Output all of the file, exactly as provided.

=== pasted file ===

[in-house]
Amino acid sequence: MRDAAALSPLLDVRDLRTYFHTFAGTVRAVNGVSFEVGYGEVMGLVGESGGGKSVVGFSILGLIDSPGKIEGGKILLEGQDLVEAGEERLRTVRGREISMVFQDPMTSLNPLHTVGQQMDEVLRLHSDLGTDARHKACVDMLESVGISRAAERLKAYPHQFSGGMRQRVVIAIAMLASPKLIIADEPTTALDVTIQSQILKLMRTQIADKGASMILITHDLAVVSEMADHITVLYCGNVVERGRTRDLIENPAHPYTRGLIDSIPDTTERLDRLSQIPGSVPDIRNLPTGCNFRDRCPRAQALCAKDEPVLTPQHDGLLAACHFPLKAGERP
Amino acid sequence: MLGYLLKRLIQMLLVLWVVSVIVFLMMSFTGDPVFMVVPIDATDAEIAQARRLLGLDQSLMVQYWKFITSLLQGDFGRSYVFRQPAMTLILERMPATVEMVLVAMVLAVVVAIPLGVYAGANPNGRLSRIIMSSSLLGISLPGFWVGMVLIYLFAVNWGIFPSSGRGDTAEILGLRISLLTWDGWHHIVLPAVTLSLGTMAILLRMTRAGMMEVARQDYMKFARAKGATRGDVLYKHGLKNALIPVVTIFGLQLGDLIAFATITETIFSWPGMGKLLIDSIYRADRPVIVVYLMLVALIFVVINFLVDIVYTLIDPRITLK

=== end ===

[in-house]
Amino acid sequence: MRDAAALSPLLDVRDLRTYFHTFAGTVRAVNGVSFEVGYGEVMGLVGESGGGKSVVGFSILGLIDSPGKIEGGKILLEGQDLVEAGEERLRTVRGREISMVFQDPMTSLNPLHTVGQQMDEVLRLHSDLGTDARHKACVDMLESVGISRAAERLKAYPHQFSGGMRQRVVIAIAMLASPKLIIADEPTTALDVTIQSQILKLMRTQIADKGASMILITHDLAVVSEMADHITVLYCGNVVERGRTRDLIENPAHPYTRGLIDSIPDTTERLDRLSQIPGSVPDIRNLPTGCNFRDRCPRAQALCAKDEPVLTPQHDGLLAACHFPLKAGERP
Amino acid sequence: MLGYLLKRLIQMLLVLWVVSVIVFLMMSFTGDPVFMVVPIDATDAEIAQARRLLGLDQSLMVQYWKFITSLLQGDFGRSYVFRQPAMTLILERMPATVEMVLVAMVLAVVVAIPLGVYAGANPNGRLSRIIMSSSLLGISLPGFWVGMVLIYLFAVNWGIFPSSGRGDTAEILGLRISLLTWDGWHHIVLPAVTLSLGTMAILLRMTRAGMMEVARQDYMKFARAKGATRGDVLYKHGLKNALIPVVTIFGLQLGDLIAFATITETIFSWPGMGKLLIDSIYRADRPVIVVYLMLVALIFVVINFLVDIVYTLIDPRITLK